Lee High School senior Jordan Lovett headed to cross-country practice after her final class of the day.
Along the way, she stopped to listen to a middle school student play his instrument. She then took a moment to chat with friends before going out to the schoolyard to warm up with the team. There were miles to run.
Jordan is a busy 17-year-old. She is a talented runner and vocalist and works part time at Culver’s restaurant. She is taking on the role of Gingy the gingerbread man in the high-school musical “Shrek,” and she likes tinkering with tools in robotics class. She has a 3.5 grade-point average, and her slate of classes this semester includes pre-calculus and college English.
Next year, she hopes to attend Grand Valley State University or Ferris State University and start working toward becoming an elementary school teacher.
Despite her busy day, Jordan took a break from class to shed light on an an underlying, though often understated, crisis affecting schools and students nationwide: poverty. For her, the topic is personal — but the problem is systemic. She’s been without a place to call “home” for much of her high school career.
See the SNN Series on Poverty: The Burden of Poverty: A Backpack of Heartache
She also attends the poorest district in Kent County. Eighty-nine percent of Godfrey-Lee Public Schools students receive free or reduced-price lunch. In the one-square-mile, mostly Hispanic community, 38 percent of school-age children live in households that earn incomes below the poverty line.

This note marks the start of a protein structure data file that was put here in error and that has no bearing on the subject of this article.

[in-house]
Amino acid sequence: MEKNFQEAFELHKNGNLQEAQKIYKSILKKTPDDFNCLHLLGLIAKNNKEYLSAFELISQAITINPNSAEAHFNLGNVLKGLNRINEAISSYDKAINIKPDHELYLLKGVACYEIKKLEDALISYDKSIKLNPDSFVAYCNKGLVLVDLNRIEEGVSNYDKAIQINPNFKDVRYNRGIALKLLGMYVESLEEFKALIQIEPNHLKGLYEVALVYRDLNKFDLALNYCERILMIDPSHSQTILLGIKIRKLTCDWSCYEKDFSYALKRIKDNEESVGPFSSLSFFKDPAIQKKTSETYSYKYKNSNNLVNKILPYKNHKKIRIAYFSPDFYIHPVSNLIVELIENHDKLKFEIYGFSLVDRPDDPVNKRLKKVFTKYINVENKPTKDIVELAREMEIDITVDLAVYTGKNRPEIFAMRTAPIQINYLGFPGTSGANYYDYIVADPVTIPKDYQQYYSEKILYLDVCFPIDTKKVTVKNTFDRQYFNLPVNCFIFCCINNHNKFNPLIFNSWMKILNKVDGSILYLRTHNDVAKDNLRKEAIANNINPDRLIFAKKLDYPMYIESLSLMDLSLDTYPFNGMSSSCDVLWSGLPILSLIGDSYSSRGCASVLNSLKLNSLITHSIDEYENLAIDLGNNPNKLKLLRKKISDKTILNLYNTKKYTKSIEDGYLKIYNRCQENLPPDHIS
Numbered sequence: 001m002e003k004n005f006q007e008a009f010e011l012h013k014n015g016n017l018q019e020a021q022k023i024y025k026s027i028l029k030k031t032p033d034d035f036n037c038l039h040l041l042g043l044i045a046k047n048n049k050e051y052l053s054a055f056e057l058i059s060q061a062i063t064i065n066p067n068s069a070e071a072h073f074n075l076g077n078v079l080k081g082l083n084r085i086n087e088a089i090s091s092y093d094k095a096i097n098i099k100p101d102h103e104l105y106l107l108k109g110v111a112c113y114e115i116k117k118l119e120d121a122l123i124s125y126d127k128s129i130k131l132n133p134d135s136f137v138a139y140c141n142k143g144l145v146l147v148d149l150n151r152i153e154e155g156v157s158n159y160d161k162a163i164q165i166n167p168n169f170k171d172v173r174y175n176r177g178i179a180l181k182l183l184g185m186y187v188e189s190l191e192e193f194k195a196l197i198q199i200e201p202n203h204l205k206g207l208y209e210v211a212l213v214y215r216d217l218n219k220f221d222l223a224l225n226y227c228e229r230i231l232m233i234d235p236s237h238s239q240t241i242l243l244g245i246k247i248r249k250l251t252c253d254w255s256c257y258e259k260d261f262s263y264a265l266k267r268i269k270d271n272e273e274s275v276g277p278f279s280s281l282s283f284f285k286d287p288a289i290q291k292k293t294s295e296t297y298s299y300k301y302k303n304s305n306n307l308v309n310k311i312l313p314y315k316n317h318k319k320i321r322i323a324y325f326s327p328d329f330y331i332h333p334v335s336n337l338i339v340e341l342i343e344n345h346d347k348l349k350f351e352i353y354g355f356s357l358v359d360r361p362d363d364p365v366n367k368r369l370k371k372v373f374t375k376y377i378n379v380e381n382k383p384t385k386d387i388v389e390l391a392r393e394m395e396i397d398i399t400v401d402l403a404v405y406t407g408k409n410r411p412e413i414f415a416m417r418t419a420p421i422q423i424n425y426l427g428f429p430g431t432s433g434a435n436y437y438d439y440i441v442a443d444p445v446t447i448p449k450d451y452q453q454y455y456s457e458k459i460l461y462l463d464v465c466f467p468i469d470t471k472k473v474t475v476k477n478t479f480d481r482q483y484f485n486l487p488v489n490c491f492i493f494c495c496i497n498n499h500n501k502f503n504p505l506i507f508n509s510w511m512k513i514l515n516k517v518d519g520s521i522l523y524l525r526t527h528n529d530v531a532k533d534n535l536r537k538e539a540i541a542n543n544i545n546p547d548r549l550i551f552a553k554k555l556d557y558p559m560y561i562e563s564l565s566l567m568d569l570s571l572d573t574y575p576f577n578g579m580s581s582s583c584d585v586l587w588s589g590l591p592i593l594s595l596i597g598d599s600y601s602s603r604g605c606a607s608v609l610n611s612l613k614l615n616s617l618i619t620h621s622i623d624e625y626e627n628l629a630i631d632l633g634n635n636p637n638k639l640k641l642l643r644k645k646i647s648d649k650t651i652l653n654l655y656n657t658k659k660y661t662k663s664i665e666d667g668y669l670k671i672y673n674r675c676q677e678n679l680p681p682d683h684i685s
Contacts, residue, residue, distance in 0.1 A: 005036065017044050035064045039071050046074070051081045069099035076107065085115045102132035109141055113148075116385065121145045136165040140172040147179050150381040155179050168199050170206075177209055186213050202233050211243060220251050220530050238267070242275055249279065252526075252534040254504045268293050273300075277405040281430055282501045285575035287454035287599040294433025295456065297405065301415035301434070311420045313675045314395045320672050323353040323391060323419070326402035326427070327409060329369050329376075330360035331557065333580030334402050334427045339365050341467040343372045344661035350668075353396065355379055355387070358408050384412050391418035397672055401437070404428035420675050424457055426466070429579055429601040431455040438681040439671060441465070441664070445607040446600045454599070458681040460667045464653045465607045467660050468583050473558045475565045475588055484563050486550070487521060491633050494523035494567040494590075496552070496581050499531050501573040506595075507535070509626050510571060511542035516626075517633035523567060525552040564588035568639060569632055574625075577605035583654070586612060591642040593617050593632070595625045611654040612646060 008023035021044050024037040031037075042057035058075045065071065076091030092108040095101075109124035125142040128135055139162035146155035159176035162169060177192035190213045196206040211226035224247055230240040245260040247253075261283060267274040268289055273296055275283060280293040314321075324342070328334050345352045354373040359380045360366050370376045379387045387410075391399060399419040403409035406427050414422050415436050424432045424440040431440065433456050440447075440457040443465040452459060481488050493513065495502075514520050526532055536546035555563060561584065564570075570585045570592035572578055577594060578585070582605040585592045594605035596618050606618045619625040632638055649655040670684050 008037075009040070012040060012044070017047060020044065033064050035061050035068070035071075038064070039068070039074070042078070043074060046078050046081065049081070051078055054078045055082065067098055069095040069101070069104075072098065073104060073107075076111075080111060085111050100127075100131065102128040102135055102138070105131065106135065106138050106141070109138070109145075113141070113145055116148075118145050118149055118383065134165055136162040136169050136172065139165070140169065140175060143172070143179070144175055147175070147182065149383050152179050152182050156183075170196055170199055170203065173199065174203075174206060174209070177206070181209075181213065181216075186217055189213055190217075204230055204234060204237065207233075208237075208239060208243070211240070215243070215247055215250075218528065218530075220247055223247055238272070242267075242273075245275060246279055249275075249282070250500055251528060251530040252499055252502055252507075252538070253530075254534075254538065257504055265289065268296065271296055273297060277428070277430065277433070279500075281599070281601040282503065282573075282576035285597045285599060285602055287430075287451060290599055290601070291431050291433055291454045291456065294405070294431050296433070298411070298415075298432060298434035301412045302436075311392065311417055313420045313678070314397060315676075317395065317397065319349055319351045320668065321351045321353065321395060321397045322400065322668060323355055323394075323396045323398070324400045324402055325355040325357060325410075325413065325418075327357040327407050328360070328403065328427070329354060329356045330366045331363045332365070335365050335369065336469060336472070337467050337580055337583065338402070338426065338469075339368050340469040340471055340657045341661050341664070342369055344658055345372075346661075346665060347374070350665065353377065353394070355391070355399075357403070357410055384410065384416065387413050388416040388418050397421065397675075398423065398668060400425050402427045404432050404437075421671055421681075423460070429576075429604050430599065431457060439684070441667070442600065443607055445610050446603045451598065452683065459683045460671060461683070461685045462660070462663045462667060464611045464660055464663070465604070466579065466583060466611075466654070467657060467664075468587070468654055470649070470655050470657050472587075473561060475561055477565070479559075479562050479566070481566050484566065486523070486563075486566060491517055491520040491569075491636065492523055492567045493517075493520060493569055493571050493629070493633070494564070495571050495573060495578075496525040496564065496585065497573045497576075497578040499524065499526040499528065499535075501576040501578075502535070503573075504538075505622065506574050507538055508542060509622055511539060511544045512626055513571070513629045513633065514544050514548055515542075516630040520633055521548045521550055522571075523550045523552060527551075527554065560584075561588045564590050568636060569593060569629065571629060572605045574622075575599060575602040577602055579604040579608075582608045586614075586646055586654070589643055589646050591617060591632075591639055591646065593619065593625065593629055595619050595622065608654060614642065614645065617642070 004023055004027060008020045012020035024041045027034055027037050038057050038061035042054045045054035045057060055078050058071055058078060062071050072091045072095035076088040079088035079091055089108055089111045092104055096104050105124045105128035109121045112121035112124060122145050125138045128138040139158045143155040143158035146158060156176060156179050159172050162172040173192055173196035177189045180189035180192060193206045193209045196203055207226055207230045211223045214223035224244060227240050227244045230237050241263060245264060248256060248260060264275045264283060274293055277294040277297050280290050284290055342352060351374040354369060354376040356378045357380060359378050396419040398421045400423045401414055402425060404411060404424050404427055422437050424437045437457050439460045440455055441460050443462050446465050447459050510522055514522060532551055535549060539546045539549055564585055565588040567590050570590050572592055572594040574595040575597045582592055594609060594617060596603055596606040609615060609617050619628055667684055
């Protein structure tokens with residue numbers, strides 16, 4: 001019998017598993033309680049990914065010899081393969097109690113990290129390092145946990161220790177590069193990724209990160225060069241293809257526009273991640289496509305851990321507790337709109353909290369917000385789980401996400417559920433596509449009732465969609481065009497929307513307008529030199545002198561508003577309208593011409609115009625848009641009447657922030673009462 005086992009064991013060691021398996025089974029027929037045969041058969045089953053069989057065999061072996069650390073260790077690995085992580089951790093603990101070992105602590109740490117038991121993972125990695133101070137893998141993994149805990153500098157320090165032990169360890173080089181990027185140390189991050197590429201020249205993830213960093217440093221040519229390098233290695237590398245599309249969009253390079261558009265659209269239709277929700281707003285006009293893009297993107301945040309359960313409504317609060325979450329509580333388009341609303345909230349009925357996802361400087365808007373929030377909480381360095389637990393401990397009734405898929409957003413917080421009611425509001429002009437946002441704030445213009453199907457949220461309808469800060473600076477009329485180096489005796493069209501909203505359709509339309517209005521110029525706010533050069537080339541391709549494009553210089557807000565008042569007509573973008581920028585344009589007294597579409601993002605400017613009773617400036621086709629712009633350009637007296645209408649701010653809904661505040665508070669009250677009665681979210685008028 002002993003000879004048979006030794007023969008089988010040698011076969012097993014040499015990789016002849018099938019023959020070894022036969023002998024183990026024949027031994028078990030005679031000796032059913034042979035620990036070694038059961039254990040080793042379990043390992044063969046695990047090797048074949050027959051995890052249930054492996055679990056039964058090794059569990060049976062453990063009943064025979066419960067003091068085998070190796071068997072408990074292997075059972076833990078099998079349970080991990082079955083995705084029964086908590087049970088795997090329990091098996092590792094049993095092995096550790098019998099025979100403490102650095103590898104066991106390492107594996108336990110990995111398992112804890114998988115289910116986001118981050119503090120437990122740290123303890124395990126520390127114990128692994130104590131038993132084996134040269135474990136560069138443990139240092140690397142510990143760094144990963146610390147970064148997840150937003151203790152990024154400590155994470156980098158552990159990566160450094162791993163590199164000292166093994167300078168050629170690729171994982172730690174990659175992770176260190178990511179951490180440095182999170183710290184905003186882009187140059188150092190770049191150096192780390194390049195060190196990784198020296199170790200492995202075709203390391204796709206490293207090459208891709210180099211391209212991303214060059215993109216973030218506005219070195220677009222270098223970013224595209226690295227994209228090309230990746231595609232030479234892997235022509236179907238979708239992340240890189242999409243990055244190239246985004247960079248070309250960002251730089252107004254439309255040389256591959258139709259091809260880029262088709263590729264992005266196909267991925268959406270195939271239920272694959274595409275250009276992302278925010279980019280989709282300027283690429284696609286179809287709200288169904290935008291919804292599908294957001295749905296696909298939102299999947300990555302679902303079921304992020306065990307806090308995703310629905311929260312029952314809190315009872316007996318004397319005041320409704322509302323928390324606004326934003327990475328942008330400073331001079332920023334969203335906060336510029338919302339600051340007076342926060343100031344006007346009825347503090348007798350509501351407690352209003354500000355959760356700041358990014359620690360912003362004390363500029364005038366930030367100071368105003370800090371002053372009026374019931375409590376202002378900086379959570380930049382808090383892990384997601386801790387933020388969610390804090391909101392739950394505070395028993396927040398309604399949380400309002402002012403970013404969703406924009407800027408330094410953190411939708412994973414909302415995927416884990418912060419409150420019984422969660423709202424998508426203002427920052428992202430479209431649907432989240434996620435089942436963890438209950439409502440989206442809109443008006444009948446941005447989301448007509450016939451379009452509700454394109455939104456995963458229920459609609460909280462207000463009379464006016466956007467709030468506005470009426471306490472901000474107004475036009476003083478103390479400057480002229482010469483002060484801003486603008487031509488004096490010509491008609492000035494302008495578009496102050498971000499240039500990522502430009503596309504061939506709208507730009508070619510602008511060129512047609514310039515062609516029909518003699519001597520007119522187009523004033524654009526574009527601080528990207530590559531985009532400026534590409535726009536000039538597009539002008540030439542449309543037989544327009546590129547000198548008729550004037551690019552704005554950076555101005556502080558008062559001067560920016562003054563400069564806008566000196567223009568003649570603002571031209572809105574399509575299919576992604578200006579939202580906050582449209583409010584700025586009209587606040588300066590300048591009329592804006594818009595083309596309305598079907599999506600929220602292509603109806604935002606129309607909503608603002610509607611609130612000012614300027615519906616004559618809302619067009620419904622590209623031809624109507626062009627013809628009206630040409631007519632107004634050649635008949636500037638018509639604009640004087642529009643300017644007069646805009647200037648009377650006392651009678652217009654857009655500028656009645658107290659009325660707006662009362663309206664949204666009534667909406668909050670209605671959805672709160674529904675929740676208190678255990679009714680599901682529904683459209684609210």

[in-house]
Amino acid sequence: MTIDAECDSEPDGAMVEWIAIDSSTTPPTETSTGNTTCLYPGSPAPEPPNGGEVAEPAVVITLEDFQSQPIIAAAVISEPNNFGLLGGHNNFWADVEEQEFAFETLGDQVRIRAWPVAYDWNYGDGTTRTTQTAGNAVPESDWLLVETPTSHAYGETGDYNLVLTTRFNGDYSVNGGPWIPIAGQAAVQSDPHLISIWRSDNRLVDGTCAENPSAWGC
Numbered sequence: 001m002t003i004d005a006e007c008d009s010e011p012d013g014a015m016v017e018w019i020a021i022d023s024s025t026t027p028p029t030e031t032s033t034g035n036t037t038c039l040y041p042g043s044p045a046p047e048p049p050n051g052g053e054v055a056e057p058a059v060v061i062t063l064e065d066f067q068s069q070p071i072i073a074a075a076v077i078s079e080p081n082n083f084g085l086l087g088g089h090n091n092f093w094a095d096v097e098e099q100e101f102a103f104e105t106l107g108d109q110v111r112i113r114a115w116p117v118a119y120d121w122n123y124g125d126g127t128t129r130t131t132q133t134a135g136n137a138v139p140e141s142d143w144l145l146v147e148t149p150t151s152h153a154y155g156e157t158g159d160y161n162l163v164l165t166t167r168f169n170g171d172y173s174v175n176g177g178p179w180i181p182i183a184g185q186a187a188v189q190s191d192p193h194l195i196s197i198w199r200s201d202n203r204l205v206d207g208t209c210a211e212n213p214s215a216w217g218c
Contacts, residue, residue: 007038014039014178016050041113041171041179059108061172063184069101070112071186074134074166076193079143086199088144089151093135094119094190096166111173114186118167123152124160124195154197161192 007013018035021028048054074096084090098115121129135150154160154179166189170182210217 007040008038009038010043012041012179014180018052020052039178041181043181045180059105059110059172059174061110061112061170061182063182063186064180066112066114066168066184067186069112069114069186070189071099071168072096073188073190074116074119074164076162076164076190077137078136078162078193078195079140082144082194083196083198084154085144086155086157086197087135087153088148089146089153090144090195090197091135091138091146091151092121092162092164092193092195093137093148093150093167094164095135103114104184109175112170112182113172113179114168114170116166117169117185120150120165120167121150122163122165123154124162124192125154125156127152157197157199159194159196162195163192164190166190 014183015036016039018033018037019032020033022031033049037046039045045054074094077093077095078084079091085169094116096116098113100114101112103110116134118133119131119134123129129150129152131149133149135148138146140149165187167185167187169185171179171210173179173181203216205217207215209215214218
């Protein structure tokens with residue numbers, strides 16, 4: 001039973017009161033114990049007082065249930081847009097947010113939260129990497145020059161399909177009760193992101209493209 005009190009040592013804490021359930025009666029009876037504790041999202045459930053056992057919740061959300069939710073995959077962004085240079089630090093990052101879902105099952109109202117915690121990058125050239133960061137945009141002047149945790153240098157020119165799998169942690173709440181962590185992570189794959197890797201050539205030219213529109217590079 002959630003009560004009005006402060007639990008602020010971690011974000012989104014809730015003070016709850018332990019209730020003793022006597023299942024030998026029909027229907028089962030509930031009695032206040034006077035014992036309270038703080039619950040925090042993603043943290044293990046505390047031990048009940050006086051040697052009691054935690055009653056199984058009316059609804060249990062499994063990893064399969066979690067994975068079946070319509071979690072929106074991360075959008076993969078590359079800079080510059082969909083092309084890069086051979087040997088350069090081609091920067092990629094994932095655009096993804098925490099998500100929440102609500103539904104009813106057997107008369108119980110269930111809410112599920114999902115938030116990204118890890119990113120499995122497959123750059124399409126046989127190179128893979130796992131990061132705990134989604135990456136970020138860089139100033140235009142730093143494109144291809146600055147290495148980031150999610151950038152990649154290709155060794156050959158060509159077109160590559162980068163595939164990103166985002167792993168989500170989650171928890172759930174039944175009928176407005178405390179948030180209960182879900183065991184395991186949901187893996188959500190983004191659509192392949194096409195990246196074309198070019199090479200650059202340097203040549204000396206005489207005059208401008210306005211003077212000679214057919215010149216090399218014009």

Meanwhile, district test scores rank near or at the bottom among the county’s 20 school districts. Schools locally and nationally generally follow the same pattern: the poorer the schools, the lower their academic performance. But some schools and students buck the trend.
Beginning today, School News Network will tell the stories of students in poverty, how it affects their learning, and how students like Jordan are able to overcome the odds with the help of creative teachers, supportive staff and innovative social-service programs.
The diminutive brunette with the sparkling blue eyes is willing to tell her story, and it goes way beyond track meets and classes.
Life Outside of School
Jordan has moved from place to place after her family faced multiple evictions. She has lived with ongoing uncertainty about where basic things, like clothes, will come from. When she says she’s grown up “everywhere,” she means it.
Jordan, who now lives with her mother, step-father, sister and brother near Kelloggsville High School, also has several step-siblings. She has moved many times during high school to locations in Wyoming and Kentwood, including a motel on 28th Street that she called “really creepy.” She spent most of 10th grade enrolled at East Kentwood High School and the beginning of 11th grade at Ottawa Hills High School. Jordan’s stepdad receives disability payments and her mother works at Dollar Tree.
“My mom has always made sure we had enough food and we always had a roof over or head,” Jordan said. “I never had to live in our car or outside or anything like that.”
In the middle of her junior year, she moved in with family in the Godfrey-Lee district and re-enrolled at Lee High. Her family has since been forced to move again, but Jordan has chosen to remain at Lee on for her senior year even though transportation is difficult. She said Lee administrators’ willingness to let her remain at the school has helped her the most.
“This is where I went to school the longest, and I’ve gotten to know everybody the most, so I wanted to stay here and finish it.”
Jordan said she didn’t always know what the next day would bring, or when the another move would start things all over again.
“It’s stressful because, with everything that goes on, you’re trying to focus on one thing,” she explained. “But the way I am, I have to focus on everything because I’m worried about school and my family and trying to make sure everything is going OK.”